Fannin County Commissioners Court holds public hearing to hear comments regarding tax abatement eligible reinvestment area
Fannin County, Texas — The five members of the Fannin County Court of Commissioners were present for a regular meeting held on Tuesday, January 25, 2022. The meeting opened with an invocation from Robert Eades, pastor of the Church United Pentecostal of Savoy, Texas, and promises were led by Shonda Magness and Carolyn Rogers.
A brief update on the ongoing restoration of the 1888 Fannin County Courthouse included:
Complete exterior sockets and sidewalk lighting.
· Install decomposed granite around the building.
· Pour the concrete sidewalks on the building and mow the strip.
· Preparation for the final pouring of concrete on the south side.
· Start watering.
· Get ready to start demonstration and parking lot stabilization.
Install trim, casings and millwork extensions.
· Final finish on wood on 3rd level.
· Wood stain on 2n/a level.
· Install acoustic plaster in courtrooms.
· Install Curved Metal Ceiling Panels in 1st and 2n/a level.
· Paint the vents to match the walls.
· Install remaining plumbing, water heater, ready for final inspection.
· Install sockets on 3rd and remaining light.
Wood floor received for 2n/a and 3rd level.
Bonham Fire Chief Scott Ridling presented the EMS monthly report for December 2021.
Fannin County Commissioners Court held a public hearing on February 8, 2022 at 8:40 a.m. to hear comments regarding an order designating Parcel No. 70807, 10.57 acres, as an eligible reinvestment area for the tax abatement .
This acreage is close to the power plant located near the old prison on CR 4200 south of Bonham.
The commissioners approved the minutes of the regular meetings of October 5, 2021 and December 28, 2021 (with one correction), as well as the minutes of a special meeting of January 11, 2022.
The Court of Commissioners discussed the contents of a time capsule at the courthouse that will be opened in 100 years.
PCT. 3 Commissioner Jerry Magness suggested that a photo of the Commissioners, County Judge and other elected officials be included.
Joe Moss suggested that the contents of the time capsule should include recognition of Barbara McCutcheon and other residents who, for more than a decade, led the restoration effort.
Curators will be notified of suggested content by February 1, 2022.
The capsule will be buried shortly after the February 1 meeting.
The Fannin County Commissioners Court voted to transfer a $25,600 CTIF grant from (210-330-2200) to R&B Materials, asphalt/road oil (210-621-3440).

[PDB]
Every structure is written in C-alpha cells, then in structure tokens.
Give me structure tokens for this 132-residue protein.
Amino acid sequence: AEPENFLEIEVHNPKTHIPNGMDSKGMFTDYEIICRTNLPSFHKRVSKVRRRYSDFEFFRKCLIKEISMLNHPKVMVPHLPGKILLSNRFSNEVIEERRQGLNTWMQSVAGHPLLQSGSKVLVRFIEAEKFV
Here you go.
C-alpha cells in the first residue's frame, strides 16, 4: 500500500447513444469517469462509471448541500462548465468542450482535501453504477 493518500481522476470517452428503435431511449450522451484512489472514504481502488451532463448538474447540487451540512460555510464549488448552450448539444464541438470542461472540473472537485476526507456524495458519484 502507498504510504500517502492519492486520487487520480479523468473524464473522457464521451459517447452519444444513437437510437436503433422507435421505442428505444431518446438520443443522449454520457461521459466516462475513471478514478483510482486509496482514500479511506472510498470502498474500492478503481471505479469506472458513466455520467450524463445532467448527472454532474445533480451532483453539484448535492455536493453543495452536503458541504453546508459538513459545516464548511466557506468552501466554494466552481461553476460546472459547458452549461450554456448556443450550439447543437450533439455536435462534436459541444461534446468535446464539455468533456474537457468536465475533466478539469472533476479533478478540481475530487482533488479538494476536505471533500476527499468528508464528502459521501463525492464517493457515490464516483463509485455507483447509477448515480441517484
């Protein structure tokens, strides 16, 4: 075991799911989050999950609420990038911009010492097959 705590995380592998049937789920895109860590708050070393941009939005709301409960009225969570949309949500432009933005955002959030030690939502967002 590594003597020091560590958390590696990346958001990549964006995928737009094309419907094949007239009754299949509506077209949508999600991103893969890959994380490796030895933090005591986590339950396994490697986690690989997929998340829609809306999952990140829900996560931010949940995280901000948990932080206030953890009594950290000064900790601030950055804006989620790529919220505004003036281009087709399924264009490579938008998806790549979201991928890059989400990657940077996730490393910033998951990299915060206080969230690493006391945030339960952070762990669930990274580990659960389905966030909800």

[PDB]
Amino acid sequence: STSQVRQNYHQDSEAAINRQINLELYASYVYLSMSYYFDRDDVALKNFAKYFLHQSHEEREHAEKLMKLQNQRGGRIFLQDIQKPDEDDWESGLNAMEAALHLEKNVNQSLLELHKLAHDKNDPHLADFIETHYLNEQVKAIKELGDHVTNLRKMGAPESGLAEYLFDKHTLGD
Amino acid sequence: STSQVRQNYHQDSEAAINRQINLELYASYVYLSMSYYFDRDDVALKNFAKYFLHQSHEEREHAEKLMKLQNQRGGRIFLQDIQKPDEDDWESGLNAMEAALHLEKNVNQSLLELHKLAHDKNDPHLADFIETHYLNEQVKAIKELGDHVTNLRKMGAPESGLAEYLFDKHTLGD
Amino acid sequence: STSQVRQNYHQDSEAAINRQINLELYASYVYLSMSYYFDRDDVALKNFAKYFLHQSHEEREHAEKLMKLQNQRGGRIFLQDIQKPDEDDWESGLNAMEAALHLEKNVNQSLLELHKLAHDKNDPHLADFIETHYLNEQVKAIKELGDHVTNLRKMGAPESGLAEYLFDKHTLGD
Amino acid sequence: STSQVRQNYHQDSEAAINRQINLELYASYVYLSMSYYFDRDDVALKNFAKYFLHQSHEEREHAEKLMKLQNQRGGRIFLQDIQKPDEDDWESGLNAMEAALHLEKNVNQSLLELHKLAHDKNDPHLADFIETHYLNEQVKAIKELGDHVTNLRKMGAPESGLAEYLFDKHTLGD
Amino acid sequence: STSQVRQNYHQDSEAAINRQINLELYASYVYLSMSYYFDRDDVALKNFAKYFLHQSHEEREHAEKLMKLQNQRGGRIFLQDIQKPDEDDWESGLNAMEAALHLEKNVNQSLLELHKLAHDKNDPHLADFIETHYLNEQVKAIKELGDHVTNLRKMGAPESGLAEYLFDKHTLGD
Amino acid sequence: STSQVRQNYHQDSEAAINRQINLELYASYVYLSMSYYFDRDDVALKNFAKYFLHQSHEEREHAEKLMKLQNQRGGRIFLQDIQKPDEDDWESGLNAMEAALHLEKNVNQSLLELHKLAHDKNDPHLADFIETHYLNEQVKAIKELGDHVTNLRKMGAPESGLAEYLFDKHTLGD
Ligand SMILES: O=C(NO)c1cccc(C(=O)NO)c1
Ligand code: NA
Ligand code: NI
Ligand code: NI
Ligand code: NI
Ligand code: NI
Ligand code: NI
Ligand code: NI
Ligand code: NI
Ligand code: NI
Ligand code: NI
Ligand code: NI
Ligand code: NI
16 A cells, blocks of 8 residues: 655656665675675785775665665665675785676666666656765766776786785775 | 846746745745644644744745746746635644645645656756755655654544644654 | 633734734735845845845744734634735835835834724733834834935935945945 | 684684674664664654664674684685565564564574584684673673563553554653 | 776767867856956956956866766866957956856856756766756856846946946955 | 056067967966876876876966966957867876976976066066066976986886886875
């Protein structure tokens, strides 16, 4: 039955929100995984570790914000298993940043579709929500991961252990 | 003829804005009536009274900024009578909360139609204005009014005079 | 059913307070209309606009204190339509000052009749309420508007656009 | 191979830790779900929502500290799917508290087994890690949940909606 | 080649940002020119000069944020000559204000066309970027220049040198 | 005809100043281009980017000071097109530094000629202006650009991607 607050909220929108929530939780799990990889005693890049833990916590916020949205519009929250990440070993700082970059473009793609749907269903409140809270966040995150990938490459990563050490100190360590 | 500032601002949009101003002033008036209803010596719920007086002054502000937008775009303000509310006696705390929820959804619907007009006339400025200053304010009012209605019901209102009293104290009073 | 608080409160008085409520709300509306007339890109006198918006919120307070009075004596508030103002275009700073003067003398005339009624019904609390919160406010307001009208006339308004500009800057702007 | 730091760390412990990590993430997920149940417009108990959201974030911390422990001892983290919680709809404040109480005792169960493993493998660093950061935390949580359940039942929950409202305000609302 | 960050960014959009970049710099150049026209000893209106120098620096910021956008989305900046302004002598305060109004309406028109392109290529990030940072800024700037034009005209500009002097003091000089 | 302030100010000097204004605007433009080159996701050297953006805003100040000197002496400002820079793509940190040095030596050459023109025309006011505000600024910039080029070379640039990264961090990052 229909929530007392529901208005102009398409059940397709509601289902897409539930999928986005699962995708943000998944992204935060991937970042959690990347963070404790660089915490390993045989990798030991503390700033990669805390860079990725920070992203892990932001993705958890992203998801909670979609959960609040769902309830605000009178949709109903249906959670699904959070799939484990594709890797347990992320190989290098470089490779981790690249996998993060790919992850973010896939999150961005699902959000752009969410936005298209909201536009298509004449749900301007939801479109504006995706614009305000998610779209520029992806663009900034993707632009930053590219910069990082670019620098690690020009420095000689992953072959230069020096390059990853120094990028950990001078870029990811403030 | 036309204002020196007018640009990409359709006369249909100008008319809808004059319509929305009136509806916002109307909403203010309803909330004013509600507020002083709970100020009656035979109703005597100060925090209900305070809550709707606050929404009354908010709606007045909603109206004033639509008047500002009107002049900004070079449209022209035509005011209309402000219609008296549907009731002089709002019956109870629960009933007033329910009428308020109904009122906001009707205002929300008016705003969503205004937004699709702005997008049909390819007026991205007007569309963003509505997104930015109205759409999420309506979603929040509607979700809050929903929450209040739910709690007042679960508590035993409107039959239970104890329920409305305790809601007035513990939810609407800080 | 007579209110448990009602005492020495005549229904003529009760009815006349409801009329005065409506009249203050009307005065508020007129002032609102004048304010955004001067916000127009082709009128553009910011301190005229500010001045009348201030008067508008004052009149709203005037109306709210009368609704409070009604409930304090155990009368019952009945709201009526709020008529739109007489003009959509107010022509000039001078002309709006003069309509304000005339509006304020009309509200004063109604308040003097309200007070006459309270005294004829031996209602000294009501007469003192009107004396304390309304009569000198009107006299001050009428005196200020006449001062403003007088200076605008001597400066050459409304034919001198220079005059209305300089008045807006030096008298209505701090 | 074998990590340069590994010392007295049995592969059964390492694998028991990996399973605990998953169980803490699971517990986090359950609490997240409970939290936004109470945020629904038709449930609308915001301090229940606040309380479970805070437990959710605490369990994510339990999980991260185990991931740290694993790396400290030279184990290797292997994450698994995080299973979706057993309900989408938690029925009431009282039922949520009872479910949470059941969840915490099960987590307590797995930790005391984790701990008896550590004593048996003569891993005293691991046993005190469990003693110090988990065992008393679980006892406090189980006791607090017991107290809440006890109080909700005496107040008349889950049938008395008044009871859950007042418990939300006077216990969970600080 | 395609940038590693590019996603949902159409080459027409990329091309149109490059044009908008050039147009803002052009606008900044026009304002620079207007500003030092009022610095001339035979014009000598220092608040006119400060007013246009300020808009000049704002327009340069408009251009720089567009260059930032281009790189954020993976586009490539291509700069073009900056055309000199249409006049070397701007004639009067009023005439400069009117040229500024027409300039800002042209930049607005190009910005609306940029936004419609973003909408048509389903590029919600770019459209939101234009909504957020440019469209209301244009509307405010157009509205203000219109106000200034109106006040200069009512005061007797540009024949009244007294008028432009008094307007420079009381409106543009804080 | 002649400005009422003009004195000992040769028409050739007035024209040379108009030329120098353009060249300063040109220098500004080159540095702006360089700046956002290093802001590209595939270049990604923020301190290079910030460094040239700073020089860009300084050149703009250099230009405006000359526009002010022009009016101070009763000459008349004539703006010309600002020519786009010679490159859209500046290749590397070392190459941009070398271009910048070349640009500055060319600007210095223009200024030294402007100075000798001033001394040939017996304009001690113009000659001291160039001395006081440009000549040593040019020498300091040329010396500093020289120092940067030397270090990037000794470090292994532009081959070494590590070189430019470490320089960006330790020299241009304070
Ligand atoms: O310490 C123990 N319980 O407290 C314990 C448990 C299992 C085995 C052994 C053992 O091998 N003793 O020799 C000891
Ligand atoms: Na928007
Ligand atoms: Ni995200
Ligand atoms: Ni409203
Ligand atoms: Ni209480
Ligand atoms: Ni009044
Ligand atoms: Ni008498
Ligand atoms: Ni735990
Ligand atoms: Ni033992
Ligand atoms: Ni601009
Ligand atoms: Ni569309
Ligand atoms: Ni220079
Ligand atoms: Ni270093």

The Fannin County Commissioners Court voted to transfer $124.67 from Refunds and Miscellaneous (210-370-1300) to R&B Materials, Hardware/Lumber (210-621-3430).
The Commissioners’ Tribunal adopted an agenda item that called for discussion, consideration, and action regarding the construction of a break room for Enclosure 3 employees; the cost must not exceed $3,500. [$2,000 from line 230-623-4300 (R&M Building) and $1,500 to be moved from 230-623-4900 (Miscellaneous)]
The Fannin County Commissioners Court voted to hire a moving company for up to two days to move records from departments to the courthouse at $100 an hour plus truck rental costs.
County employees will also help.
The Court of Commissioners voted to use CARES funding to repair the vehicle for Constable, Precinct 3 for the stated amount of $1,665.36.
The Court of Commissioners approved payment of the bills.
The Fannin County Commissioners Court entered executive session at 9:46 a.m. to deliberate personnel matters relating to the appointment, employment, evaluation, reassignment, duties, discipline or discharge of a official or employee; or (2) to hear a complaint or accusation against an officer or employee – relating to Environmental Development and Enclosure 4 positions.
Fannin County Commissioners Court resumed regular session at 10:06 a.m.
The Commissioners voted to bring back Julie Cooper as Secretary of Precinct 4.
Commissioner Magness called on the public to report the illegal dumping.
Fannin County recently suffered two COVID-19-related deaths, bringing the total to 159 since the pandemic began.
Fannin County Judge Randy Moore said the commissioners court will likely discuss a possible outdoor burning ban at the next regular meeting.